Think Amazon delivery drones are a radical idea? A Chinese startup called Ehang has used the same technology to build an aircraft to carry a passenger more than 20 miles.
The EHang 184 AAV is a one-person pod lifted by eight rotors mounted in pairs on four folding arms -- thus the number 184. Announced Wednesday at the CES tech show in Las Vegas, the battery-powered aircraft is designed to carry a passenger for 23 minutes at about 60 miles per hour. The machine pilots itself.
For decades, people have dreamed of soaring over traffic jams with jetpacks, flying cars and other personal aircraft. Some of designs are more traditional, like the two-person Icon A5 that lands on water or dry ground, and some are more futuristic, like the Terrafugia Transition, meant for both roadways and airways. Regardless, making that personal aviation dream a reality means working through difficulties intertwining cost, safety, engineering and regulations.
"The 184 provides a viable solution to the many challenges the transportation industry faces in a safe and energy efficient way," said EHang Chief Executive Huazhi Hu in a statement. Though it's initially aimed at commuters and adventuresome people, "EHang will make a global impact across dozens of industries beyond personal travel," he said.
Before that can happen, EHang's whirlybird ambitions will have to reckon with sharp regulatory constraints.
"It isn't going to be that you get one under the Christmas tree, take it outside, and go flying. You're still talking about what amounts to a manned aircraft," more like a helicopter than a drone, said Mark Dombroff, an aviation attorney for law firm Dentons, who previously represented the Federal Aviation Administration and Justice Department. "They're not going to be able to sell this without having some sort of airworthiness certificate, probably experimental."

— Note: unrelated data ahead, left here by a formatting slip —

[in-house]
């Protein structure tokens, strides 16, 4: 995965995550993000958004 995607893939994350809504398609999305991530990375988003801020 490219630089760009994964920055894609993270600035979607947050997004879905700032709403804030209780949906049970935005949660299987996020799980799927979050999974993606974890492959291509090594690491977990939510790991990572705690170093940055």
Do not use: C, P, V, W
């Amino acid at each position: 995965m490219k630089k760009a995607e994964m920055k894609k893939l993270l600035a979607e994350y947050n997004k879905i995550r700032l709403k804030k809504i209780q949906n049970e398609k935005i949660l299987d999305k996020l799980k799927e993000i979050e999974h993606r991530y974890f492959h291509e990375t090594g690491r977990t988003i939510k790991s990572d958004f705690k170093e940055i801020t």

EHang said that it's working with multiple governments around the world and that no pilot's license will be required to use the 184 AAV. Passengers navigate by tapping a destination on an electronic map on the aircraft's tablet interface, and the 184 handles the rest.
Because of those regulatory issues, it's not yet clear when the craft will go on sale, the company said. Pricing also is uncertain, but the company hopes the machine will be something ordinary people can afford more than a toy only for billionaires.
EHang said it hasn't skimped on safety, packing backup equipment aboard the craft. A fail-safe system would evaluate midflight damage from something like a bird collision and could land the 184 AAV immediately if necessary. Passengers also can tap a button to hover midair if necessary.
The machine isn't exactly a drone, which by definition is an unmanned vehicle, but it's benefiting from the same combination of computing and aeronautic technology that's fueling the drone revolution. In most drones, four or more rotors provide upward thrust, and a computer controls their speed carefully to tilt and steer the craft. Sensors can precisely measure the aircraft's location and orientation.
The company is showing off a model that is "fully ready to fly," but said that a demonstration at CES was a no-go because of regulatory limits.
The 184 AV weighs 440 pounds and can carry 220 pounds. Its eight motors produce 106 watts of power. Range is variable, but 23 minutes at 60 miles per hour would mean a theoretical range of 23 miles.
Adventurous engineers have built personal aircraft with drone technology before. Though at least one company, Malloy Aeronautics, is serious about a "flying motorcycle" it calls the Hoverbike, often the craft look more like experiments than products. The 54-propeller Swarm, for instance, seems tricky to control.
Dombroff has been leery of some prototypes he's seen. "It's like flying a blender," he said. "God forbid your seat belt gives way and you find yourself in the midst of all those propellers."
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